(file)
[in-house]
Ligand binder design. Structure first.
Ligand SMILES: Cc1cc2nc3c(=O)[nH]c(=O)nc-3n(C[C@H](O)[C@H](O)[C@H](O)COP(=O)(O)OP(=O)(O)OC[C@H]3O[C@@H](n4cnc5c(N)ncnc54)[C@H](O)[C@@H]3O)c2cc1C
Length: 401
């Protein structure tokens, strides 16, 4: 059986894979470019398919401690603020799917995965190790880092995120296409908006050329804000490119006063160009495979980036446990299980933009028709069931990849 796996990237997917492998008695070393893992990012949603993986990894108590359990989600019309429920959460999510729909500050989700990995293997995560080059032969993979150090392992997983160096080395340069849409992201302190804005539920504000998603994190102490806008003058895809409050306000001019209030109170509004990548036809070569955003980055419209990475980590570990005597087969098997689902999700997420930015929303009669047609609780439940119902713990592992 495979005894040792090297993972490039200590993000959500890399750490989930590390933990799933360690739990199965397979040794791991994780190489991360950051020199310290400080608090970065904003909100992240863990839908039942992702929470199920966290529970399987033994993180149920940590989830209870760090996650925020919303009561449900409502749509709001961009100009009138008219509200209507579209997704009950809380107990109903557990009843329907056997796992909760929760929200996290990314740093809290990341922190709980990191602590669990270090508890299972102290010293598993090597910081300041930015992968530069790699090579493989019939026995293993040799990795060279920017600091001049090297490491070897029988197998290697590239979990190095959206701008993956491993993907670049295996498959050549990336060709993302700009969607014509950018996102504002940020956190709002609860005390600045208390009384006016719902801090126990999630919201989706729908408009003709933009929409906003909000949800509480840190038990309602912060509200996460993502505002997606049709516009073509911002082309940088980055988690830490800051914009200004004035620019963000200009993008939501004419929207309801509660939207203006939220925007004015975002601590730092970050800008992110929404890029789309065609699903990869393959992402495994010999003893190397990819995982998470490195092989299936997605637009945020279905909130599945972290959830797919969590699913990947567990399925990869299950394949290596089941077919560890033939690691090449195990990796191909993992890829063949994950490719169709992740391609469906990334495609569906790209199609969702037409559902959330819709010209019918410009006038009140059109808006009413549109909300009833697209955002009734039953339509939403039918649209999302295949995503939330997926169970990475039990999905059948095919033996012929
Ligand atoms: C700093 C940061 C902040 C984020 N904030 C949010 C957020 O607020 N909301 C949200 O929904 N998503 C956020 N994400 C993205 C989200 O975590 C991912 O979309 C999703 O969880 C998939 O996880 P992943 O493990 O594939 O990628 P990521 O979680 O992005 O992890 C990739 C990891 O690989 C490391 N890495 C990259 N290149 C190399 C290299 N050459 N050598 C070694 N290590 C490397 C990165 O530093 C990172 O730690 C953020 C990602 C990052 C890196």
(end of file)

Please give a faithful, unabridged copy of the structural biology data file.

[in-house]
Ligand binder design. Structure first.
Ligand SMILES: Cc1cc2nc3c(=O)[nH]c(=O)nc-3n(C[C@H](O)[C@H](O)[C@H](O)COP(=O)(O)OP(=O)(O)OC[C@H]3O[C@@H](n4cnc5c(N)ncnc54)[C@H](O)[C@@H]3O)c2cc1C
Length: 401
């Protein structure tokens, strides 16, 4: 059986894979470019398919401690603020799917995965190790880092995120296409908006050329804000490119006063160009495979980036446990299980933009028709069931990849 796996990237997917492998008695070393893992990012949603993986990894108590359990989600019309429920959460999510729909500050989700990995293997995560080059032969993979150090392992997983160096080395340069849409992201302190804005539920504000998603994190102490806008003058895809409050306000001019209030109170509004990548036809070569955003980055419209990475980590570990005597087969098997689902999700997420930015929303009669047609609780439940119902713990592992 495979005894040792090297993972490039200590993000959500890399750490989930590390933990799933360690739990199965397979040794791991994780190489991360950051020199310290400080608090970065904003909100992240863990839908039942992702929470199920966290529970399987033994993180149920940590989830209870760090996650925020919303009561449900409502749509709001961009100009009138008219509200209507579209997704009950809380107990109903557990009843329907056997796992909760929760929200996290990314740093809290990341922190709980990191602590669990270090508890299972102290010293598993090597910081300041930015992968530069790699090579493989019939026995293993040799990795060279920017600091001049090297490491070897029988197998290697590239979990190095959206701008993956491993993907670049295996498959050549990336060709993302700009969607014509950018996102504002940020956190709002609860005390600045208390009384006016719902801090126990999630919201989706729908408009003709933009929409906003909000949800509480840190038990309602912060509200996460993502505002997606049709516009073509911002082309940088980055988690830490800051914009200004004035620019963000200009993008939501004419929207309801509660939207203006939220925007004015975002601590730092970050800008992110929404890029789309065609699903990869393959992402495994010999003893190397990819995982998470490195092989299936997605637009945020279905909130599945972290959830797919969590699913990947567990399925990869299950394949290596089941077919560890033939690691090449195990990796191909993992890829063949994950490719169709992740391609469906990334495609569906790209199609969702037409559902959330819709010209019918410009006038009140059109808006009413549109909300009833697209955002009734039953339509939403039918649209999302295949995503939330997926169970990475039990999905059948095919033996012929
Ligand atoms: C700093 C940061 C902040 C984020 N904030 C949010 C957020 O607020 N909301 C949200 O929904 N998503 C956020 N994400 C993205 C989200 O975590 C991912 O979309 C999703 O969880 C998939 O996880 P992943 O493990 O594939 O990628 P990521 O979680 O992005 O992890 C990739 C990891 O690989 C490391 N890495 C990259 N290149 C190399 C290299 N050459 N050598 C070694 N290590 C490397 C990165 O530093 C990172 O730690 C953020 C990602 C990052 C890196």